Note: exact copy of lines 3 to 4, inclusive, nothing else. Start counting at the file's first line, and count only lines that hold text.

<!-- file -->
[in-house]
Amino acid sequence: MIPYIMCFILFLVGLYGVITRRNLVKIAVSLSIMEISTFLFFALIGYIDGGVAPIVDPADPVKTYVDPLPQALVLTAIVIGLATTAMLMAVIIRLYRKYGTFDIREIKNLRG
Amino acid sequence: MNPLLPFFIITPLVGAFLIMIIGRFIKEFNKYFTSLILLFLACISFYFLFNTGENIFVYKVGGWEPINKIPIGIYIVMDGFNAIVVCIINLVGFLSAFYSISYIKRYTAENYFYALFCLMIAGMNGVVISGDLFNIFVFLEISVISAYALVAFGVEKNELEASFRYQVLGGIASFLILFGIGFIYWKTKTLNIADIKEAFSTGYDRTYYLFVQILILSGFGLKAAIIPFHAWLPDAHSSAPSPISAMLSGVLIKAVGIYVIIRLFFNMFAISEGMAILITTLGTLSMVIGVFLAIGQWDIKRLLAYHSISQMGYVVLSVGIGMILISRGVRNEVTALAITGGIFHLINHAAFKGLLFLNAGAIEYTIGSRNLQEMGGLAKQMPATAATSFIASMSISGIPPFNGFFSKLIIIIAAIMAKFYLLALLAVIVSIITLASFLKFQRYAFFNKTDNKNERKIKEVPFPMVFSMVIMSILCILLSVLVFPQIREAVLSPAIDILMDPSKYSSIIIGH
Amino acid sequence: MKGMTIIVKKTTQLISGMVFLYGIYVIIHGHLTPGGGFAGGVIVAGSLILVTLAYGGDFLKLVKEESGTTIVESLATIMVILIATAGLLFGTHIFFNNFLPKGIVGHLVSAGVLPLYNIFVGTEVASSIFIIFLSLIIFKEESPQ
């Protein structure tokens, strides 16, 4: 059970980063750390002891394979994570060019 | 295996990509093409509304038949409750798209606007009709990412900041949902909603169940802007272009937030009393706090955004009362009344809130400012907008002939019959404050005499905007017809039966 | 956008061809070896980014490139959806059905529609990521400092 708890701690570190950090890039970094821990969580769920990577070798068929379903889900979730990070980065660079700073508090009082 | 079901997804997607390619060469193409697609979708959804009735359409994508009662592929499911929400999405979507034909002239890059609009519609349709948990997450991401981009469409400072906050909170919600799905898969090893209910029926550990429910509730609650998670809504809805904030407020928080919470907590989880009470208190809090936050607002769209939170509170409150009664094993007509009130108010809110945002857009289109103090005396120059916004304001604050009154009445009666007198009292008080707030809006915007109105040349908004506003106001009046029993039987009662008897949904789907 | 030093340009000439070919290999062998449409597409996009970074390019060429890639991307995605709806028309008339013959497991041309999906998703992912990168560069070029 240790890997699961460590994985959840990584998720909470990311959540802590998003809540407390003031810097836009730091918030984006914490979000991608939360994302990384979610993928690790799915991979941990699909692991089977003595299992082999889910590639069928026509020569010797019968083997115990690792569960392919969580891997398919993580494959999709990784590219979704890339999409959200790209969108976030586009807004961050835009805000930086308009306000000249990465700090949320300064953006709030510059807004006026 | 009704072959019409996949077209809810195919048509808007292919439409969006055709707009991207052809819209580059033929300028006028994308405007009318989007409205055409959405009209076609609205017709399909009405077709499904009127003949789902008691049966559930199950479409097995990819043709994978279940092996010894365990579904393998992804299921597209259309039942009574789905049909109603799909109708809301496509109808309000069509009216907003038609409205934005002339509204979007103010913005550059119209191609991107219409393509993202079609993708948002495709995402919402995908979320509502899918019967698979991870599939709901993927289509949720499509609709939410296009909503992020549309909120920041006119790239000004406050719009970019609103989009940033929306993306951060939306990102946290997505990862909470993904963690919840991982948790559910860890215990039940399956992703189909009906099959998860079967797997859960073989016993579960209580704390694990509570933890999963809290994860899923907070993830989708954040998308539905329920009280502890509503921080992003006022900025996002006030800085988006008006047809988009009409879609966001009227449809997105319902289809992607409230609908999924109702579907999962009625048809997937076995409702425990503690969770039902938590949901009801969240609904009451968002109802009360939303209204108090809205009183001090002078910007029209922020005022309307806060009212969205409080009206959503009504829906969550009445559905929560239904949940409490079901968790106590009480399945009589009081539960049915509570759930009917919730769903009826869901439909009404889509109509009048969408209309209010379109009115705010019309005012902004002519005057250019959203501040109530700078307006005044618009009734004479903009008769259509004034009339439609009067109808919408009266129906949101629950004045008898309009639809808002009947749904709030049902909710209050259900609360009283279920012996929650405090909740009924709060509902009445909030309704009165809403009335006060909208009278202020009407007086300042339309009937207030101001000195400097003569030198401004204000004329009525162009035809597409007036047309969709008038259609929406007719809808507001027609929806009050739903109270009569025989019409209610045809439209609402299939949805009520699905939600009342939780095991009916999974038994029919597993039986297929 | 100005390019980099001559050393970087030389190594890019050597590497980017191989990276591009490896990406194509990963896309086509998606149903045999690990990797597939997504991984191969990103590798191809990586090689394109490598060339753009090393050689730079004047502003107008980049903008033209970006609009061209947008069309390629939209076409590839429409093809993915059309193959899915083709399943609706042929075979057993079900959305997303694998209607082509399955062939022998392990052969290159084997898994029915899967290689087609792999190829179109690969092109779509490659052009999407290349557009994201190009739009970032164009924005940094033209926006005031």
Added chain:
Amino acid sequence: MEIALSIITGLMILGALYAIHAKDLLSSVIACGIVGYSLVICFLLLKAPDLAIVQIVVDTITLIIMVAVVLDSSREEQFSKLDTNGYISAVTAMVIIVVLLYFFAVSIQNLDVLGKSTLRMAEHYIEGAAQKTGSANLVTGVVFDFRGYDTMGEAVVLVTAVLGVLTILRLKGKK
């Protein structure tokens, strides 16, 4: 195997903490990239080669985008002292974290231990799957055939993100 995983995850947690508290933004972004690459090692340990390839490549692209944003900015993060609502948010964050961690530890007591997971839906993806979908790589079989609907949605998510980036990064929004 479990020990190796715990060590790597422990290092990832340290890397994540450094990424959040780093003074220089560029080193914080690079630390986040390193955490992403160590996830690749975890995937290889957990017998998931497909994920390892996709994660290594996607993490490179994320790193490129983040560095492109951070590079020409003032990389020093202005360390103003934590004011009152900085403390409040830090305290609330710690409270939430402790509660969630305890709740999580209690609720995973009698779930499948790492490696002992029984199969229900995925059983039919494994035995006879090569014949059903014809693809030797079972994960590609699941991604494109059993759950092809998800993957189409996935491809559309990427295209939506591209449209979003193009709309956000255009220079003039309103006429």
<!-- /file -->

Amino acid sequence: MNPLLPFFIITPLVGAFLIMIIGRFIKEFNKYFTSLILLFLACISFYFLFNTGENIFVYKVGGWEPINKIPIGIYIVMDGFNAIVVCIINLVGFLSAFYSISYIKRYTAENYFYALFCLMIAGMNGVVISGDLFNIFVFLEISVISAYALVAFGVEKNELEASFRYQVLGGIASFLILFGIGFIYWKTKTLNIADIKEAFSTGYDRTYYLFVQILILSGFGLKAAIIPFHAWLPDAHSSAPSPISAMLSGVLIKAVGIYVIIRLFFNMFAISEGMAILITTLGTLSMVIGVFLAIGQWDIKRLLAYHSISQMGYVVLSVGIGMILISRGVRNEVTALAITGGIFHLINHAAFKGLLFLNAGAIEYTIGSRNLQEMGGLAKQMPATAATSFIASMSISGIPPFNGFFSKLIIIIAAIMAKFYLLALLAVIVSIITLASFLKFQRYAFFNKTDNKNERKIKEVPFPMVFSMVIMSILCILLSVLVFPQIREAVLSPAIDILMDPSKYSSIIIGH
Amino acid sequence: MKGMTIIVKKTTQLISGMVFLYGIYVIIHGHLTPGGGFAGGVIVAGSLILVTLAYGGDFLKLVKEESGTTIVESLATIMVILIATAGLLFGTHIFFNNFLPKGIVGHLVSAGVLPLYNIFVGTEVASSIFIIFLSLIIFKEESPQ